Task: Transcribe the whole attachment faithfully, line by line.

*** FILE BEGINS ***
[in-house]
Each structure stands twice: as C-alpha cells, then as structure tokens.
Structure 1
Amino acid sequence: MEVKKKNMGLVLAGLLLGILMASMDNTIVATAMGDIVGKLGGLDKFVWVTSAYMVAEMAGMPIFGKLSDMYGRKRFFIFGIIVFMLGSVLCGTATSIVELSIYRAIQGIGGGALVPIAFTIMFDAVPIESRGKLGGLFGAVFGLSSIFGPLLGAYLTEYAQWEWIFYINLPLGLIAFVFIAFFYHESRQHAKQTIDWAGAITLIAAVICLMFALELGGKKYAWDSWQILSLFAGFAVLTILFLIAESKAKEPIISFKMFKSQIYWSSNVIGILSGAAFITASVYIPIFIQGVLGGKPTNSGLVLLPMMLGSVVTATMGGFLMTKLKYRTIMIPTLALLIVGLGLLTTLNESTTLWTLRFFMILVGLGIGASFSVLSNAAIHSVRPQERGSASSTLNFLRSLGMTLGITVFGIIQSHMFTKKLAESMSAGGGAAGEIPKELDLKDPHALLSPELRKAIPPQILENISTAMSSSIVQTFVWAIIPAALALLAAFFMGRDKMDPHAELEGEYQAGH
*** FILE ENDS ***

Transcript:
[in-house]
Each structure stands twice: as C-alpha cells, then as structure tokens.
Structure 1
Amino acid sequence: MEVKKKNMGLVLAGLLLGILMASMDNTIVATAMGDIVGKLGGLDKFVWVTSAYMVAEMAGMPIFGKLSDMYGRKRFFIFGIIVFMLGSVLCGTATSIVELSIYRAIQGIGGGALVPIAFTIMFDAVPIESRGKLGGLFGAVFGLSSIFGPLLGAYLTEYAQWEWIFYINLPLGLIAFVFIAFFYHESRQHAKQTIDWAGAITLIAAVICLMFALELGGKKYAWDSWQILSLFAGFAVLTILFLIAESKAKEPIISFKMFKSQIYWSSNVIGILSGAAFITASVYIPIFIQGVLGGKPTNSGLVLLPMMLGSVVTATMGGFLMTKLKYRTIMIPTLALLIVGLGLLTTLNESTTLWTLRFFMILVGLGIGASFSVLSNAAIHSVRPQERGSASSTLNFLRSLGMTLGITVFGIIQSHMFTKKLAESMSAGGGAAGEIPKELDLKDPHALLSPELRKAIPPQILENISTAMSSSIVQTFVWAIIPAALALLAAFFMGRDKMDPHAELEGEYQAGH